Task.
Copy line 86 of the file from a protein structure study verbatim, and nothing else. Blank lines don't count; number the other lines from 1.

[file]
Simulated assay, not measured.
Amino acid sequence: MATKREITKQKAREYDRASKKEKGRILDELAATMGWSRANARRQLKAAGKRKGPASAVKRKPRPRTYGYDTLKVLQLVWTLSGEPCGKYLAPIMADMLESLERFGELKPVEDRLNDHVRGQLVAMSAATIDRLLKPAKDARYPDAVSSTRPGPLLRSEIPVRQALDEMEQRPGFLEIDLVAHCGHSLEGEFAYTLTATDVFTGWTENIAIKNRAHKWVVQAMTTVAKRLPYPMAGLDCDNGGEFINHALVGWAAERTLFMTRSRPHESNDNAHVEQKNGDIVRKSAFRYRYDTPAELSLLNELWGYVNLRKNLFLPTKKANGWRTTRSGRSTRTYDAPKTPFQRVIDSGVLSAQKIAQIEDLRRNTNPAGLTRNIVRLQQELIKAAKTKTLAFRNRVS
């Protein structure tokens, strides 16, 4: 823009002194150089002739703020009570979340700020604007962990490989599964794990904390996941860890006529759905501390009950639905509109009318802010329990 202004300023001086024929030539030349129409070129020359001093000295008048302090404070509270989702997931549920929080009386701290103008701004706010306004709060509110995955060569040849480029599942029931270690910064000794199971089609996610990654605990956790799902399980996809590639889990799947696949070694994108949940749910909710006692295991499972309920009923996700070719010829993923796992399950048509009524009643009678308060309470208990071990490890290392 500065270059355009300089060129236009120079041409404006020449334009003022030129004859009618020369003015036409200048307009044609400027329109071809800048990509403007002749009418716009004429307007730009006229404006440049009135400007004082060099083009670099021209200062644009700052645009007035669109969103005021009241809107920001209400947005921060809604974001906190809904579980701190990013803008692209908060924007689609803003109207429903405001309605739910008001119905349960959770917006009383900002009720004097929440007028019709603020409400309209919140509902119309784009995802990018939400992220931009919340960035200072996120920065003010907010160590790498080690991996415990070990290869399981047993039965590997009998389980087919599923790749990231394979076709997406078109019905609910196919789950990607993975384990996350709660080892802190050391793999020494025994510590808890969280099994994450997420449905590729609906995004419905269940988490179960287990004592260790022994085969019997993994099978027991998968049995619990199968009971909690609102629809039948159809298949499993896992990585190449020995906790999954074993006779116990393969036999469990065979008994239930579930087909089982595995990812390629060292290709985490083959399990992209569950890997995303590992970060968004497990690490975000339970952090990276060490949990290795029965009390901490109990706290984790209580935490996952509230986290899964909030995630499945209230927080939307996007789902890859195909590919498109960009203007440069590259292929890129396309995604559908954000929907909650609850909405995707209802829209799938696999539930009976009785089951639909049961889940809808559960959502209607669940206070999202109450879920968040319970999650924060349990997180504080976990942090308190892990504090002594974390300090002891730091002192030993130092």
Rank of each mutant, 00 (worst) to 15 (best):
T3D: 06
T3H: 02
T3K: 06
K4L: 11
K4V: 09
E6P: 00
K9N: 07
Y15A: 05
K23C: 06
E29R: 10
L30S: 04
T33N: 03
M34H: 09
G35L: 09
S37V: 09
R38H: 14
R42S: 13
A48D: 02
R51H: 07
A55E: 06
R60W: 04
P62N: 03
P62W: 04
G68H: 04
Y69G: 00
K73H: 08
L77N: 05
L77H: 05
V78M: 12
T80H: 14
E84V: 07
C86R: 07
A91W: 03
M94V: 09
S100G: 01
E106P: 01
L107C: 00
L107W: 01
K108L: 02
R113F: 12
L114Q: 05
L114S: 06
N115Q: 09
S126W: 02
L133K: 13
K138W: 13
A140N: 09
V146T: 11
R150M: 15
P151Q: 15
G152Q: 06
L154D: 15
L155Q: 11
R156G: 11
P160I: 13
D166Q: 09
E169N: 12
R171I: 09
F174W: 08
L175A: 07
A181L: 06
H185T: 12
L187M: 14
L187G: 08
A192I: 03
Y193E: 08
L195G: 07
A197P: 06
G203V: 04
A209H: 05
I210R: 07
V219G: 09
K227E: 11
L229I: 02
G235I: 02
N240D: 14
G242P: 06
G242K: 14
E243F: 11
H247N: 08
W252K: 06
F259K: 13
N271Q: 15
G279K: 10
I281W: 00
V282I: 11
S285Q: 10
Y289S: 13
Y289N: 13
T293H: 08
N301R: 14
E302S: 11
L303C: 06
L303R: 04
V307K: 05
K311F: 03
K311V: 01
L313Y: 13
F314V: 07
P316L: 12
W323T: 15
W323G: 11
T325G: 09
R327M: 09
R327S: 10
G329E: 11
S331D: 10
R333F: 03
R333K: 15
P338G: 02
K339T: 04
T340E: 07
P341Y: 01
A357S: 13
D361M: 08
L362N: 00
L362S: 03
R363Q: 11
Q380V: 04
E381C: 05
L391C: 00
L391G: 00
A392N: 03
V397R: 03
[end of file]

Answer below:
F259K: 13